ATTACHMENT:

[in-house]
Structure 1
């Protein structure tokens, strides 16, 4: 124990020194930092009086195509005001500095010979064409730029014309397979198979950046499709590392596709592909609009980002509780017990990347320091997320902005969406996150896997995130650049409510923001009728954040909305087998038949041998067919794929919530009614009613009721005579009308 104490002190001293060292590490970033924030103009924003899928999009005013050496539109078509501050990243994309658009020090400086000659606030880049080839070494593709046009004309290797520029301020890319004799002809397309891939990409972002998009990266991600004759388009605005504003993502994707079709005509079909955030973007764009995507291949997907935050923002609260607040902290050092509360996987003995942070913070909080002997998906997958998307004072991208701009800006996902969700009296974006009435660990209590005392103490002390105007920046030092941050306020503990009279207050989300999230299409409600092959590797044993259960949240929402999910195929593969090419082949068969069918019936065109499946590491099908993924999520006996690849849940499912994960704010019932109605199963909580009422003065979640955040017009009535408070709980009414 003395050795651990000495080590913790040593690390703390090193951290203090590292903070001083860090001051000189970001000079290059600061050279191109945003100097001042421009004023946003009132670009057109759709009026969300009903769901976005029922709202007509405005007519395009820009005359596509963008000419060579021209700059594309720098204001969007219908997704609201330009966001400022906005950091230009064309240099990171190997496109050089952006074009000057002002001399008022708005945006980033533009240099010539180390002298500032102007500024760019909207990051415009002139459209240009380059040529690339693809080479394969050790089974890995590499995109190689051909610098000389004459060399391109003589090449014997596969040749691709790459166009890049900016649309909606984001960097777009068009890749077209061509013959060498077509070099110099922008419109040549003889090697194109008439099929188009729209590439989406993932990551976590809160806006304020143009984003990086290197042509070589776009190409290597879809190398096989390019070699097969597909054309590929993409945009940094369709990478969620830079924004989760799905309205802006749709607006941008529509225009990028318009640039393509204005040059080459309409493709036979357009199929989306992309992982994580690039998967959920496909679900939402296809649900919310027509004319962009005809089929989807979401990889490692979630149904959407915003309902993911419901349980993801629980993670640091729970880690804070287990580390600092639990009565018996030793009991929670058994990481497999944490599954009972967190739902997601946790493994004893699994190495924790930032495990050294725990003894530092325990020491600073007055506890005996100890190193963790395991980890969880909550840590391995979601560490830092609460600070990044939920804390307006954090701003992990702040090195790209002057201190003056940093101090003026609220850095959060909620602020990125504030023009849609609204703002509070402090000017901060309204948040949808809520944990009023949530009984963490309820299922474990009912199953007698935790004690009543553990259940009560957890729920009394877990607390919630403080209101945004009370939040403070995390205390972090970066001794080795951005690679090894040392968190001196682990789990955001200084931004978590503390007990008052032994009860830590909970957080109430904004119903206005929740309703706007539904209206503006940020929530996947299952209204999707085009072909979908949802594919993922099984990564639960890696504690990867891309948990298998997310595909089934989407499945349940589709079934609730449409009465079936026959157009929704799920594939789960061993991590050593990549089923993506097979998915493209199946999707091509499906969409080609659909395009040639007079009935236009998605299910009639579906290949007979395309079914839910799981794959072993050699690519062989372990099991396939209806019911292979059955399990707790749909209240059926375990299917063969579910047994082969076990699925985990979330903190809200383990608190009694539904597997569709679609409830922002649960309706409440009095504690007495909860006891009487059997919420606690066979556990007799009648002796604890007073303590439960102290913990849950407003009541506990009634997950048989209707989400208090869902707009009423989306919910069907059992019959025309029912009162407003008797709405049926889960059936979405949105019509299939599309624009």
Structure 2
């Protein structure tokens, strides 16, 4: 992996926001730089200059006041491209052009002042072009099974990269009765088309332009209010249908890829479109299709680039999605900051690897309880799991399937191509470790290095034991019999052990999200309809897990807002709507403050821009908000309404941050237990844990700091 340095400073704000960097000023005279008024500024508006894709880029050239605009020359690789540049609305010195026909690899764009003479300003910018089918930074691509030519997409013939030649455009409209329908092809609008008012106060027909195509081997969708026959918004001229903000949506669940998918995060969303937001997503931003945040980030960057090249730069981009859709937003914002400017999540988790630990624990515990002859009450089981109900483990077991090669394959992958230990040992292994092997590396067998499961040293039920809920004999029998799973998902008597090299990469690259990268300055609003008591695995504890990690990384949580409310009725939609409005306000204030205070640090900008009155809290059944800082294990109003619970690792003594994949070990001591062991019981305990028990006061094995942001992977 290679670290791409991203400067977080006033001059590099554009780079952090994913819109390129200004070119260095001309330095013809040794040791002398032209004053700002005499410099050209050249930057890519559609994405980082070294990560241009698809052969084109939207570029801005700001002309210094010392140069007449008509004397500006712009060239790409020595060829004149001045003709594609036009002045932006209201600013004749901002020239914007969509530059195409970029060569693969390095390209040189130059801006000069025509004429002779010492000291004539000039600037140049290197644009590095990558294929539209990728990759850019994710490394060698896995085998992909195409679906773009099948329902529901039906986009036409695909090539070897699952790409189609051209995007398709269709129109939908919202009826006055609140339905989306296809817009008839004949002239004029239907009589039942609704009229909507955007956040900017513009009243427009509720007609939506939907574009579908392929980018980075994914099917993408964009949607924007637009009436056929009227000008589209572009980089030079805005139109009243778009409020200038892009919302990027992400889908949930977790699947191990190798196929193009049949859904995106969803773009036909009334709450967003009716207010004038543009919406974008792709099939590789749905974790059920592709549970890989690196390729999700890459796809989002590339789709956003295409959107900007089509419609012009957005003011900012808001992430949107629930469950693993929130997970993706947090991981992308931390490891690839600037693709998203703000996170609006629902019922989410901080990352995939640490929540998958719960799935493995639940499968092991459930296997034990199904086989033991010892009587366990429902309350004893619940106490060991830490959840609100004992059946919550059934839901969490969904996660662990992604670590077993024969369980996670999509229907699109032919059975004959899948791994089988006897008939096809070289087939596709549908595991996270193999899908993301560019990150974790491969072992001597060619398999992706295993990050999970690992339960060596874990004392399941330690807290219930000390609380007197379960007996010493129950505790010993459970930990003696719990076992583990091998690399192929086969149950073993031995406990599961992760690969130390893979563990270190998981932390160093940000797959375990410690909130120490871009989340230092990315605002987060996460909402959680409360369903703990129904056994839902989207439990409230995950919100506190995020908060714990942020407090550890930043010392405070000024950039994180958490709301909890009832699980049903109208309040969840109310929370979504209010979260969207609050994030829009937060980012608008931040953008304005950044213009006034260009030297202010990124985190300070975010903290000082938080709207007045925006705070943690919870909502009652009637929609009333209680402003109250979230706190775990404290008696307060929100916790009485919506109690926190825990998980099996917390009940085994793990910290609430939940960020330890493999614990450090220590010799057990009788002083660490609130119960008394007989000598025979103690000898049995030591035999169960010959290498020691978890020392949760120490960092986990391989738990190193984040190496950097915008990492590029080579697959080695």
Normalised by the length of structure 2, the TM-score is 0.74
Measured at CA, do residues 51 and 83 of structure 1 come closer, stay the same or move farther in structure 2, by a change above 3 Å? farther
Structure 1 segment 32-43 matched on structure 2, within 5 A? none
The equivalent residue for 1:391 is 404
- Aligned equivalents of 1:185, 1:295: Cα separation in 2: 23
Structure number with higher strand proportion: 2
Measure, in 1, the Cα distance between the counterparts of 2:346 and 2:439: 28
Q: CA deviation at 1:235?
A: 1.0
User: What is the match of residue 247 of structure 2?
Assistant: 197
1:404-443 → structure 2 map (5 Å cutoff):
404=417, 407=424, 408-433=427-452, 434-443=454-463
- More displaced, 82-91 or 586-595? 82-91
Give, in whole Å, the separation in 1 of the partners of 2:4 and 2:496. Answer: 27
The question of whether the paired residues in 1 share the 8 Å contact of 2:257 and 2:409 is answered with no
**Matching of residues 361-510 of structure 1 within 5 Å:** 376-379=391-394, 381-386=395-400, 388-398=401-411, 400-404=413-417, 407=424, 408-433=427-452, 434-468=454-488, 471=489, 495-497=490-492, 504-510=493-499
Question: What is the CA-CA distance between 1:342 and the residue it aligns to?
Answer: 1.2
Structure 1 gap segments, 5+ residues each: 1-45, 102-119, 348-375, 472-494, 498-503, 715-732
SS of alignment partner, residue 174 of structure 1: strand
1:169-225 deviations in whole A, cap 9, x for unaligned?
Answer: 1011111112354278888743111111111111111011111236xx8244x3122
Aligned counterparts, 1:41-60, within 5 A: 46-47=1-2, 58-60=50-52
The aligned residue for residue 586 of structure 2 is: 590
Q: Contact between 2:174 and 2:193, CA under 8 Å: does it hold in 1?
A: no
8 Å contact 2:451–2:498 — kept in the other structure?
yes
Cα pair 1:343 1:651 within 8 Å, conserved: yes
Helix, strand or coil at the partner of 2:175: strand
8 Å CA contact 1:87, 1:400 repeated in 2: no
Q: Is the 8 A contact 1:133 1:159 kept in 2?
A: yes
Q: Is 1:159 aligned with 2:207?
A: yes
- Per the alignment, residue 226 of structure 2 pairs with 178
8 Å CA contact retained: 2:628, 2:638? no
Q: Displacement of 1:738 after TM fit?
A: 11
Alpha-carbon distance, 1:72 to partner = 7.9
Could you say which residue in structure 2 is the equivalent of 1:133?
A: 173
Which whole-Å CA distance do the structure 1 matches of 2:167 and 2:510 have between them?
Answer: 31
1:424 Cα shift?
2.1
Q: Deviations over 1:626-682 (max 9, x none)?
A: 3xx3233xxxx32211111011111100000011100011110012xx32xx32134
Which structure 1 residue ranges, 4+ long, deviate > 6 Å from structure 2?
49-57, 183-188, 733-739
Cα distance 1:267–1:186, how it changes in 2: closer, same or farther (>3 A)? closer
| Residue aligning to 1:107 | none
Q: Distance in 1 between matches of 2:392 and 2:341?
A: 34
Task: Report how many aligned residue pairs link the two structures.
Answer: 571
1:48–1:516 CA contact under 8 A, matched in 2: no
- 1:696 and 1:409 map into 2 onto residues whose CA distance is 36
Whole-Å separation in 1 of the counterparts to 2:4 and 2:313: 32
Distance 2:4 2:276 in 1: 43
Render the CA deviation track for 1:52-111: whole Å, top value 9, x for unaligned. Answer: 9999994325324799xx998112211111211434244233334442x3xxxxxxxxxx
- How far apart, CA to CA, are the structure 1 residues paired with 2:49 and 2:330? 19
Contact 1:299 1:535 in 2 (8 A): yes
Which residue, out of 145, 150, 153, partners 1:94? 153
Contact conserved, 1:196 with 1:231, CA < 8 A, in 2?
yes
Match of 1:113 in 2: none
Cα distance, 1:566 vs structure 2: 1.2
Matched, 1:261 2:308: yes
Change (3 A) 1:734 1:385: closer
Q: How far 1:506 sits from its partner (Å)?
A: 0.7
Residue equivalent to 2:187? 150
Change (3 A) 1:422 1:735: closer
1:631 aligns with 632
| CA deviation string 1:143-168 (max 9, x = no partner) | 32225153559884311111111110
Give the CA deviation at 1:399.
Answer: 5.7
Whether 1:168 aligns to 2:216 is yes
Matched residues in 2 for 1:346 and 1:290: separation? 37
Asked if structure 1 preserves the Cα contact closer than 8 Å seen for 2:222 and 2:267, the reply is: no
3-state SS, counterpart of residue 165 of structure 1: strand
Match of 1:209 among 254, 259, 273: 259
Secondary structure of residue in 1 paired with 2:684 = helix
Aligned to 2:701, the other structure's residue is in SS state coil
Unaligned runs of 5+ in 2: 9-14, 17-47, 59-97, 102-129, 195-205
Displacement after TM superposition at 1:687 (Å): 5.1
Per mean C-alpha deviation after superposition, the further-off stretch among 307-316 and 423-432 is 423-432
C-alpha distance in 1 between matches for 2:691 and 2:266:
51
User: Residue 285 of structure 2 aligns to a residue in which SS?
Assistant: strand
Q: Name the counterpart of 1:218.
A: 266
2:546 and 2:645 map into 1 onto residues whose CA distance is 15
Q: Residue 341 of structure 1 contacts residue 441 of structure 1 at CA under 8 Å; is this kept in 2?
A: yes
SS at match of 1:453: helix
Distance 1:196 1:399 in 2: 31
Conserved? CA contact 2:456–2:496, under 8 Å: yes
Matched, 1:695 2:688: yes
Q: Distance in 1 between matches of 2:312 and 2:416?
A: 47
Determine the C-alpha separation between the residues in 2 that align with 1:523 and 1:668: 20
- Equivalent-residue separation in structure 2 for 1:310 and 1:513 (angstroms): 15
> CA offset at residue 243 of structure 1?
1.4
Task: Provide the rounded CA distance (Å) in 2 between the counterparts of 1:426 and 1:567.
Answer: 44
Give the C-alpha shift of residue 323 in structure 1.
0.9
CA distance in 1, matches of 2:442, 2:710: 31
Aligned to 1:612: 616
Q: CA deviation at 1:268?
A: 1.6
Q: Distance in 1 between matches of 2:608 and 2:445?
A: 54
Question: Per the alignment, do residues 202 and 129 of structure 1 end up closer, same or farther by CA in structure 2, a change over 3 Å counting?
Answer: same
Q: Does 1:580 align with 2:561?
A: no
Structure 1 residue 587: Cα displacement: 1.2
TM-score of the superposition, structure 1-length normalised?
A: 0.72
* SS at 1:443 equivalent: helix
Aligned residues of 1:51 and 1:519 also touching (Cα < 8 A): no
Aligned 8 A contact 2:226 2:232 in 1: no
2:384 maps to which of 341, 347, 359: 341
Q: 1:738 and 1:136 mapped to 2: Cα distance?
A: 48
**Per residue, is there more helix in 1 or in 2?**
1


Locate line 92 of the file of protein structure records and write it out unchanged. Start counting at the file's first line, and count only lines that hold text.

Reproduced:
Unaligned runs of 5+ in 2: 9-14, 17-47, 59-97, 102-129, 195-205